United States President Donald trump said that he will end government payments to health insurers if Congress will not vote for the health care bill that will replace ObamaCare. This marks the second time that Trump threatened to end such payments.

The president took to Twitter over the weekend to announce his plans regarding insurance payments. His exact words, in part, said, “BAILOUTS for Insurance Companies and BAILOUTS for Members of Congress" will most likely end if the repeal and replace bill will not push through. According to Reuters, the tweet came after Senate Republicans were not able to get enough votes for them to repeal some parts of ObamaCare.

What exactly does Trump want to end?

The bailouts that Trump is referring to are those aids given by the government to health insurance companies that help Americans who do not have enough money to afford insurance, Bloomberg reported. Aside from the aid for poorer Americans, Trump also threatened to halt the assistance given to some Congressional staff members. These individuals are enrolled in plans under the Washington, D.C. insurance exchange. The Washington, D.C. insurance exchange is also under ObamaCare and makes health insurance affordable for Congressional staff members.

If Trump pushes through with his plans, companies will have to increase premiums or halt their offerings altogether. According to Andrew Slavitt, the acting administrator of the Centers for Medicare and Medicaid Services during the Obama administration, said that if the threat materializes, it will be felt by the middle class.

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After Trump took to Twitter to threaten halting insurance payments, Senate Minority Leader Chuck Schumer said that the president should stop playing politics with people’s lives and health care. Schumer also said that if the payments stop, all premiums will go up and health care will be very expensive.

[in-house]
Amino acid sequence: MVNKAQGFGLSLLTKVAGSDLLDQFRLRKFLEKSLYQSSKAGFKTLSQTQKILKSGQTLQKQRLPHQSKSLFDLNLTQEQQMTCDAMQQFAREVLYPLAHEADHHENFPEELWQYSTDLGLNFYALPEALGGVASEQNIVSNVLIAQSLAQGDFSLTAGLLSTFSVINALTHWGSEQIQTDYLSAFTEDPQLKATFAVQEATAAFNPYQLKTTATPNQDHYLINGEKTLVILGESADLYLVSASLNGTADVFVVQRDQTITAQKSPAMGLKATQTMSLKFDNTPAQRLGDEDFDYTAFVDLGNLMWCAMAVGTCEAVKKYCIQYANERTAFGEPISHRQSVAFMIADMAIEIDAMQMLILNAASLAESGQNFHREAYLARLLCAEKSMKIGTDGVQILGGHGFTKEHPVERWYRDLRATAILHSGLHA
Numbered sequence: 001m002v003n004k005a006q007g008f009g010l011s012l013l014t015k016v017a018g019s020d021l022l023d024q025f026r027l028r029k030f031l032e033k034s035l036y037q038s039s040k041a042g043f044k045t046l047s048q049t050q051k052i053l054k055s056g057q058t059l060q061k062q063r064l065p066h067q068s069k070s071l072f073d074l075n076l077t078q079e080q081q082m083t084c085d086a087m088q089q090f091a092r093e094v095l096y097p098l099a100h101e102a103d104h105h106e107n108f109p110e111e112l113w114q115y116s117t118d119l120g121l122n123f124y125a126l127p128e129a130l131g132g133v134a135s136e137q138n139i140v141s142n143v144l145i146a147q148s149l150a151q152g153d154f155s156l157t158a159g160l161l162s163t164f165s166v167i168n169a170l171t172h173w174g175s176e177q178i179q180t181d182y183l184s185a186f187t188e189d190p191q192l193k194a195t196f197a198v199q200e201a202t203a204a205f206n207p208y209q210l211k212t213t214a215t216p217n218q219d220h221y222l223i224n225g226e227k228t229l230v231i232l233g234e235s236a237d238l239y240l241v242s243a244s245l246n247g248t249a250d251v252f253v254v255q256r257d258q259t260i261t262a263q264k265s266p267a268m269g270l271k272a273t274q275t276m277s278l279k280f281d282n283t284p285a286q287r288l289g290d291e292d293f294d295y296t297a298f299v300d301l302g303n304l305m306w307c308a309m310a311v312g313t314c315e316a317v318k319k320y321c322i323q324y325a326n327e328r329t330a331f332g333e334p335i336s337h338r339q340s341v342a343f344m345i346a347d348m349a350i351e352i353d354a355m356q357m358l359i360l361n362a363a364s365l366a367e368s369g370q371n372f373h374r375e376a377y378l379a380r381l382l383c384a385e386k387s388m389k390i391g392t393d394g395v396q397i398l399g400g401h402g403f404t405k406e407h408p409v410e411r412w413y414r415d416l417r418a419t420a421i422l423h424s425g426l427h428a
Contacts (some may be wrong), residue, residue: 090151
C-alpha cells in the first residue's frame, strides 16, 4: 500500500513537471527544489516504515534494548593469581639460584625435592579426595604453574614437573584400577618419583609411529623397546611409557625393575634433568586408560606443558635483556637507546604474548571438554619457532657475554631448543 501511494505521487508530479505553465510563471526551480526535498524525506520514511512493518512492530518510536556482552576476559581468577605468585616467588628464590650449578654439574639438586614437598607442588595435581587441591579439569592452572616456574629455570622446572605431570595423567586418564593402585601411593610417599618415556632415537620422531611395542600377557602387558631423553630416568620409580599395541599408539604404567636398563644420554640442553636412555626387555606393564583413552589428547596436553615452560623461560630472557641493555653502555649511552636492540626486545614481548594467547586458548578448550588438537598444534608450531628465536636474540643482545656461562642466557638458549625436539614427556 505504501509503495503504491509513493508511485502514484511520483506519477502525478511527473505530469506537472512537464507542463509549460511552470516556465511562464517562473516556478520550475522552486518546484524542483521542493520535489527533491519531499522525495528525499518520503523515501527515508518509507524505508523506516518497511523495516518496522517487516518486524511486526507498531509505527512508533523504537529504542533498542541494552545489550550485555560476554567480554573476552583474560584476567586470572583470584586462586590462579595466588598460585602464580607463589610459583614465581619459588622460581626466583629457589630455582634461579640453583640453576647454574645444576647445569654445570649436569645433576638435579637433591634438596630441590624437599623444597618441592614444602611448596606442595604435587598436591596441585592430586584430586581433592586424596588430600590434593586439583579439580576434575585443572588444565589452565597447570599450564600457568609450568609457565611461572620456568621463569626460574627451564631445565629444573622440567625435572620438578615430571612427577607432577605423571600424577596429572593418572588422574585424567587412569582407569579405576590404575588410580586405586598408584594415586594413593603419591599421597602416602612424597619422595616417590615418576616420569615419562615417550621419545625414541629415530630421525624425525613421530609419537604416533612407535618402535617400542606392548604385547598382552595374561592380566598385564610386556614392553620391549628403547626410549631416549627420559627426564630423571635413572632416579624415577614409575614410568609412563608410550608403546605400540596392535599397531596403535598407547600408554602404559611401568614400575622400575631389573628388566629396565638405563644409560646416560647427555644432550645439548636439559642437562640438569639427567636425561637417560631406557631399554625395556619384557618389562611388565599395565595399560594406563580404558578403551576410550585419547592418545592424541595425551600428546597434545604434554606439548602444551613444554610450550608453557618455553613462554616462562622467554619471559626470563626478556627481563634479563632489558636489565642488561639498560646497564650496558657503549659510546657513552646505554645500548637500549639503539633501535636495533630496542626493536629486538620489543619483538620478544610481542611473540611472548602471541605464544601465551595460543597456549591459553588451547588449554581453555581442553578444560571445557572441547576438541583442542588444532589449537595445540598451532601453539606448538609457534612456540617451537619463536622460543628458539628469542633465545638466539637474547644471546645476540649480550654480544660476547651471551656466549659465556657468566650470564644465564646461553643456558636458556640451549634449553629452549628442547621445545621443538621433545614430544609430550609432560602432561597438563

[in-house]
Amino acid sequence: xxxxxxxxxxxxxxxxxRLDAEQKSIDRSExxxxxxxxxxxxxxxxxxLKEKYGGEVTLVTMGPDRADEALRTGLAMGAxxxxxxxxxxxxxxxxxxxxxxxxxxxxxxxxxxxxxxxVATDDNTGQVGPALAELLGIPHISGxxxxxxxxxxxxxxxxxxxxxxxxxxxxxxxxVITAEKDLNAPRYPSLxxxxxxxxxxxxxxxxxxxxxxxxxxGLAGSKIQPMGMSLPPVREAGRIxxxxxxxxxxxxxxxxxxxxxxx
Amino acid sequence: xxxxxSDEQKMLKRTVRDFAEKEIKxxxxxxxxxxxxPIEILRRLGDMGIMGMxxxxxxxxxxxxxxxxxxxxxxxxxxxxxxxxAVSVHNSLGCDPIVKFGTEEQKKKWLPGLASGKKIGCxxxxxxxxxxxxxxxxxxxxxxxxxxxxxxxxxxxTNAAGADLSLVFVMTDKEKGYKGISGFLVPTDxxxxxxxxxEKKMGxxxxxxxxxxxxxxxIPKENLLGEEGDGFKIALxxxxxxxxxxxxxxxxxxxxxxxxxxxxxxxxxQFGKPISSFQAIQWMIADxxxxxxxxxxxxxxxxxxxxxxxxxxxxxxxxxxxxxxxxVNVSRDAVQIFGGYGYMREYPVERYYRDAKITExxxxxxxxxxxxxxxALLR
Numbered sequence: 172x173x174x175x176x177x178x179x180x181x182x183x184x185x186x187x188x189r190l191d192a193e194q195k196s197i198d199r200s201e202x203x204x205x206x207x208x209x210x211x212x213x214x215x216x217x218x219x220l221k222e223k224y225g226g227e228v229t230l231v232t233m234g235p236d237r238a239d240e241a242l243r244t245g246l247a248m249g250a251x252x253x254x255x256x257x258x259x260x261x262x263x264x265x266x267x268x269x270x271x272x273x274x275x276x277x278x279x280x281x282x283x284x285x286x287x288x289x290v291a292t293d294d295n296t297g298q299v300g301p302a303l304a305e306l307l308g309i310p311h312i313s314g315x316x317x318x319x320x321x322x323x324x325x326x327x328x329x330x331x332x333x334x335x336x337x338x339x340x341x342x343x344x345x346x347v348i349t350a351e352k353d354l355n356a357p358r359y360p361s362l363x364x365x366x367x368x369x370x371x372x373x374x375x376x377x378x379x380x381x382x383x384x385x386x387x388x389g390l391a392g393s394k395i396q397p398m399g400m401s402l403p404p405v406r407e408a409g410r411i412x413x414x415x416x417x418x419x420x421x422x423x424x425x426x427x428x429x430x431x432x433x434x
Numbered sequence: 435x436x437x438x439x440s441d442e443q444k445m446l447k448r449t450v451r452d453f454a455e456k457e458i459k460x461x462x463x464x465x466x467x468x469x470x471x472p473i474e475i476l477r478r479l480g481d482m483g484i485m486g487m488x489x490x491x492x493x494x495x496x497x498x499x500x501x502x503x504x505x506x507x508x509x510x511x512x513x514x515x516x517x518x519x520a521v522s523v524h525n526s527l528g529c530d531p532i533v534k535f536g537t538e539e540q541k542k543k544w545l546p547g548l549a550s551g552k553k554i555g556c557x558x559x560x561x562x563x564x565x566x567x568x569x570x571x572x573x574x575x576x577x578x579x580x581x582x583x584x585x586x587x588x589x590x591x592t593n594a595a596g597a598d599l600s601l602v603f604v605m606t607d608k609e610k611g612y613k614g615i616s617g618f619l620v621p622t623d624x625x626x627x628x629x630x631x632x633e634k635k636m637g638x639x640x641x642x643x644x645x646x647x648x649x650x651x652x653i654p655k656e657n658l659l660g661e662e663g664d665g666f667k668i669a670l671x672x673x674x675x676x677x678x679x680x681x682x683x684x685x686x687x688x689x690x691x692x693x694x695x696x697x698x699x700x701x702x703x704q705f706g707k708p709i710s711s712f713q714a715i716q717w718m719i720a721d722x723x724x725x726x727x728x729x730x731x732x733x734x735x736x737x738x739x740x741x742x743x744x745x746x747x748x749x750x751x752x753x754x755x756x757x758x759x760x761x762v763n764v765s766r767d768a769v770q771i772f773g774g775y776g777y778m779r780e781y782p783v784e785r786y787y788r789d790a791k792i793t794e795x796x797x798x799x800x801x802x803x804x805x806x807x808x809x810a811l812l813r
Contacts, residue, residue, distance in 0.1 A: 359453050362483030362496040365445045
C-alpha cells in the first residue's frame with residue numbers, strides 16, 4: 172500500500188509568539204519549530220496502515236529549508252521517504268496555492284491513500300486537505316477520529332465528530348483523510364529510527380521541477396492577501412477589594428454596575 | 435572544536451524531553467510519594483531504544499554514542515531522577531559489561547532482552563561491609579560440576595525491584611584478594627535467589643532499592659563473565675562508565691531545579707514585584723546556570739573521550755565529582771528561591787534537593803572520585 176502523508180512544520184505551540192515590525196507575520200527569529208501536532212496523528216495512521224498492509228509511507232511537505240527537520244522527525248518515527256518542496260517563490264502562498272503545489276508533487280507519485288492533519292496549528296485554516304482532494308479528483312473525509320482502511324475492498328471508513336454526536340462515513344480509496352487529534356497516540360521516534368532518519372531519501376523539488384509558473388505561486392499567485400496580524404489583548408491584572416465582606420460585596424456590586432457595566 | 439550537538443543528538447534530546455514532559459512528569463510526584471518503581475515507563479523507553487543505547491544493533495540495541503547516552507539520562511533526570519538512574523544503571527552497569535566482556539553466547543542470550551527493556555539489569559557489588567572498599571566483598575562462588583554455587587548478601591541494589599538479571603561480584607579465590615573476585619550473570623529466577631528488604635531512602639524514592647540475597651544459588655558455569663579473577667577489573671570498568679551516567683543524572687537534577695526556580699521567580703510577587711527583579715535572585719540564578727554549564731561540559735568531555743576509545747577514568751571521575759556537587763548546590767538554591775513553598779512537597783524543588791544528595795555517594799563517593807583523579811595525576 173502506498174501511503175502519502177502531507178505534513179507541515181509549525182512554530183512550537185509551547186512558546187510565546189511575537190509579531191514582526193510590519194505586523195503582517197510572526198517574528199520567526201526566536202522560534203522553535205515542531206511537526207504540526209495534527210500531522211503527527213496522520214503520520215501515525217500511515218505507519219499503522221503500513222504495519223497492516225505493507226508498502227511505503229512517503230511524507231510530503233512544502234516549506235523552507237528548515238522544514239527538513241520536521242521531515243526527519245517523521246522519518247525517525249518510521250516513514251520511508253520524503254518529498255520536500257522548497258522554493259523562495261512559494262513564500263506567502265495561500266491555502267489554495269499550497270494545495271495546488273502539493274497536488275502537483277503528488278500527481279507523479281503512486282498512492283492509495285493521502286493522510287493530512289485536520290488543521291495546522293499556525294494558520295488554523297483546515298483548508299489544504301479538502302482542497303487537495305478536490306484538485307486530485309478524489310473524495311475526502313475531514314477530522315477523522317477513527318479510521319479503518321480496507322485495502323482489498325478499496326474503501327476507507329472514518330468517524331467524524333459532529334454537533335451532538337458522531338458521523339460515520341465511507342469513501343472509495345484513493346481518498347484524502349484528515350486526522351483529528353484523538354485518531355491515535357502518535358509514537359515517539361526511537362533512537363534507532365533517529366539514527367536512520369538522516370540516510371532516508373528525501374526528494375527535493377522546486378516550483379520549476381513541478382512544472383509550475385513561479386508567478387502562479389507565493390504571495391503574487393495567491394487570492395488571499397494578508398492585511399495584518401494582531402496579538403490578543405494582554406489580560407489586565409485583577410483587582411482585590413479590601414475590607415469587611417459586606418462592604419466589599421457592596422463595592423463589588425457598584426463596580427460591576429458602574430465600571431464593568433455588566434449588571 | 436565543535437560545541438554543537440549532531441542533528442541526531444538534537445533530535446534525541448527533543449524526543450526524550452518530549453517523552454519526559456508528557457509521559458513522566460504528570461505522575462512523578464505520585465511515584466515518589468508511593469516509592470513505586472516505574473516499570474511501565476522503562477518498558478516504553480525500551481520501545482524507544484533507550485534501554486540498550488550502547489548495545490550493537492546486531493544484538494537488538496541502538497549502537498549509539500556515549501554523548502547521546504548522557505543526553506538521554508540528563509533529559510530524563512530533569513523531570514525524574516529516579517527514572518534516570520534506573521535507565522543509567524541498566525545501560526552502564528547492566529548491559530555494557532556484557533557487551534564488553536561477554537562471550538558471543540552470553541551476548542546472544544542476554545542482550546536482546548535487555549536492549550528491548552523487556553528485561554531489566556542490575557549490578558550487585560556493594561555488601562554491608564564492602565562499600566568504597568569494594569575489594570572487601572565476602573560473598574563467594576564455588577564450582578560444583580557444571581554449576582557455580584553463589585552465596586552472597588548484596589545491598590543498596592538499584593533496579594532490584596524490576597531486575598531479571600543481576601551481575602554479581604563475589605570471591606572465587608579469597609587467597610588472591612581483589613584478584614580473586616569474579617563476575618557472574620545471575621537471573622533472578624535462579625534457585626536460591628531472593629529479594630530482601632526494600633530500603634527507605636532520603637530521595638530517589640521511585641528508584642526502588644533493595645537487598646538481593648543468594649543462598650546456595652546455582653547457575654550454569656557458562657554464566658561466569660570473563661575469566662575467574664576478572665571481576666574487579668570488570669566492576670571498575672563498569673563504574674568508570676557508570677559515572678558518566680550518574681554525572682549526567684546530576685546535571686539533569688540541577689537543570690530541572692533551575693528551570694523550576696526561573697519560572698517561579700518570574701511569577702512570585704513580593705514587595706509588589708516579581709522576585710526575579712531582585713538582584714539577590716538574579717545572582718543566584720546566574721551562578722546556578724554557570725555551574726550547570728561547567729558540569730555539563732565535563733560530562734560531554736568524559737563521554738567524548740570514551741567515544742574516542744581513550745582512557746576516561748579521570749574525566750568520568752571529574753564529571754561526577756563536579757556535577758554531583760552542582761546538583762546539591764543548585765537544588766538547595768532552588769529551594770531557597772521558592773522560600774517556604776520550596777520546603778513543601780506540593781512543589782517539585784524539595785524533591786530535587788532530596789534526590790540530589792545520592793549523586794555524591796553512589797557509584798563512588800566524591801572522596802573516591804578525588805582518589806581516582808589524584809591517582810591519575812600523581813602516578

Three Republicans voted against repeal

The bill that would have repealed ObamaCare did not push forward after Republican John McCain of Arizona joined Republican Susan Collins of Maine and Republican Lisa Murkowski of Alaska. The repeal bill received 49 votes in favor and 51 against. In order for the bill to advance, it needed 51 votes.

Trump not giving up on repealing ObamaCare

Trump took to Twitter again to say that unless the “Republican Senators are total quitters, Repeal & Replace is not dead!” Republican Senators Lindsey Graham (South Carolina), Bill Cassidy (Louisiana), and Dean Heller (Nevada), met with Trump on Friday for a revamped version of the new health care bill. Graham said in a statement that they had a great meeting with the President, and that it was great to know that he “remains fully committed to repealing and replacing” the Affordable Care Act.